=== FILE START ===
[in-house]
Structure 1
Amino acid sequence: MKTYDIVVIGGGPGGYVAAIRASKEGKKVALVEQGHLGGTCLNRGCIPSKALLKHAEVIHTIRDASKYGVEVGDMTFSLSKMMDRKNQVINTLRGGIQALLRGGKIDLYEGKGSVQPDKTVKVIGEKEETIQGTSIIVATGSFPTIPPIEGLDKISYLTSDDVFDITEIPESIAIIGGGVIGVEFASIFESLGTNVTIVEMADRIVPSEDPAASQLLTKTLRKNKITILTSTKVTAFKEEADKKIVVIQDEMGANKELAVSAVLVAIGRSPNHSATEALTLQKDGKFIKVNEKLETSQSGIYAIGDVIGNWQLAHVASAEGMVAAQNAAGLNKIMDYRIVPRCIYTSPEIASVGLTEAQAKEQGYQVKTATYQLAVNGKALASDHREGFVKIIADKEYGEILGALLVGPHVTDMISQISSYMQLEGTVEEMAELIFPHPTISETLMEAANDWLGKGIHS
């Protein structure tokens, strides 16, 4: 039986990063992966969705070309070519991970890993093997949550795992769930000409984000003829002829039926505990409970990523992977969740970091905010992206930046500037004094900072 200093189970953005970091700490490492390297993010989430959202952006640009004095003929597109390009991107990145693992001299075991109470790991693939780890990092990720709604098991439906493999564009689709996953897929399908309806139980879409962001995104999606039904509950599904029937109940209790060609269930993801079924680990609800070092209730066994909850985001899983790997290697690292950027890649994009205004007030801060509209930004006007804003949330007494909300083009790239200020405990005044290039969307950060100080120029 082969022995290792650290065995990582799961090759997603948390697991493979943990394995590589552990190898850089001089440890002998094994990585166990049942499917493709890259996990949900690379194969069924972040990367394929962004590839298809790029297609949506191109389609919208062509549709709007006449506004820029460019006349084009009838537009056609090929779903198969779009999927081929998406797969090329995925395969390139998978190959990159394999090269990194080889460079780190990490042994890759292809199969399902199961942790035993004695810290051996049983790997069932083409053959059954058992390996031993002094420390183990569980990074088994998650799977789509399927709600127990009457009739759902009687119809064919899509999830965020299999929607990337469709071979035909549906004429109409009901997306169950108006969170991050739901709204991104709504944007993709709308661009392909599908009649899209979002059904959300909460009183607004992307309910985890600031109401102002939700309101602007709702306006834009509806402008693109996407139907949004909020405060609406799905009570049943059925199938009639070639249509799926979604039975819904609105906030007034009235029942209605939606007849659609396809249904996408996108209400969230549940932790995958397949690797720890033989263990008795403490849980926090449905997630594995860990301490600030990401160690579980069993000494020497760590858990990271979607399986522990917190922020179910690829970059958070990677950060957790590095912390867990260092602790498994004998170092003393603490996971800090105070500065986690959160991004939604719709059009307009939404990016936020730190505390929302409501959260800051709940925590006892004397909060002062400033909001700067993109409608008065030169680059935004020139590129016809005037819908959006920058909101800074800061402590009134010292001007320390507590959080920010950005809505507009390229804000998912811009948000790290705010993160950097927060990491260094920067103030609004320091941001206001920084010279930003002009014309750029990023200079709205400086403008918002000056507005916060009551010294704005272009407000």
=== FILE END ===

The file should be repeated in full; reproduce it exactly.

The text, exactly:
[in-house]
Structure 1
Amino acid sequence: MKTYDIVVIGGGPGGYVAAIRASKEGKKVALVEQGHLGGTCLNRGCIPSKALLKHAEVIHTIRDASKYGVEVGDMTFSLSKMMDRKNQVINTLRGGIQALLRGGKIDLYEGKGSVQPDKTVKVIGEKEETIQGTSIIVATGSFPTIPPIEGLDKISYLTSDDVFDITEIPESIAIIGGGVIGVEFASIFESLGTNVTIVEMADRIVPSEDPAASQLLTKTLRKNKITILTSTKVTAFKEEADKKIVVIQDEMGANKELAVSAVLVAIGRSPNHSATEALTLQKDGKFIKVNEKLETSQSGIYAIGDVIGNWQLAHVASAEGMVAAQNAAGLNKIMDYRIVPRCIYTSPEIASVGLTEAQAKEQGYQVKTATYQLAVNGKALASDHREGFVKIIADKEYGEILGALLVGPHVTDMISQISSYMQLEGTVEEMAELIFPHPTISETLMEAANDWLGKGIHS
């Protein structure tokens, strides 16, 4: 039986990063992966969705070309070519991970890993093997949550795992769930000409984000003829002829039926505990409970990523992977969740970091905010992206930046500037004094900072 200093189970953005970091700490490492390297993010989430959202952006640009004095003929597109390009991107990145693992001299075991109470790991693939780890990092990720709604098991439906493999564009689709996953897929399908309806139980879409962001995104999606039904509950599904029937109940209790060609269930993801079924680990609800070092209730066994909850985001899983790997290697690292950027890649994009205004007030801060509209930004006007804003949330007494909300083009790239200020405990005044290039969307950060100080120029 082969022995290792650290065995990582799961090759997603948390697991493979943990394995590589552990190898850089001089440890002998094994990585166990049942499917493709890259996990949900690379194969069924972040990367394929962004590839298809790029297609949506191109389609919208062509549709709007006449506004820029460019006349084009009838537009056609090929779903198969779009999927081929998406797969090329995925395969390139998978190959990159394999090269990194080889460079780190990490042994890759292809199969399902199961942790035993004695810290051996049983790997069932083409053959059954058992390996031993002094420390183990569980990074088994998650799977789509399927709600127990009457009739759902009687119809064919899509999830965020299999929607990337469709071979035909549906004429109409009901997306169950108006969170991050739901709204991104709504944007993709709308661009392909599908009649899209979002059904959300909460009183607004992307309910985890600031109401102002939700309101602007709702306006834009509806402008693109996407139907949004909020405060609406799905009570049943059925199938009639070639249509799926979604039975819904609105906030007034009235029942209605939606007849659609396809249904996408996108209400969230549940932790995958397949690797720890033989263990008795403490849980926090449905997630594995860990301490600030990401160690579980069993000494020497760590858990990271979607399986522990917190922020179910690829970059958070990677950060957790590095912390867990260092602790498994004998170092003393603490996971800090105070500065986690959160991004939604719709059009307009939404990016936020730190505390929302409501959260800051709940925590006892004397909060002062400033909001700067993109409608008065030169680059935004020139590129016809005037819908959006920058909101800074800061402590009134010292001007320390507590959080920010950005809505507009390229804000998912811009948000790290705010993160950097927060990491260094920067103030609004320091941001206001920084010279930003002009014309750029990023200079709205400086403008918002000056507005916060009551010294704005272009407000």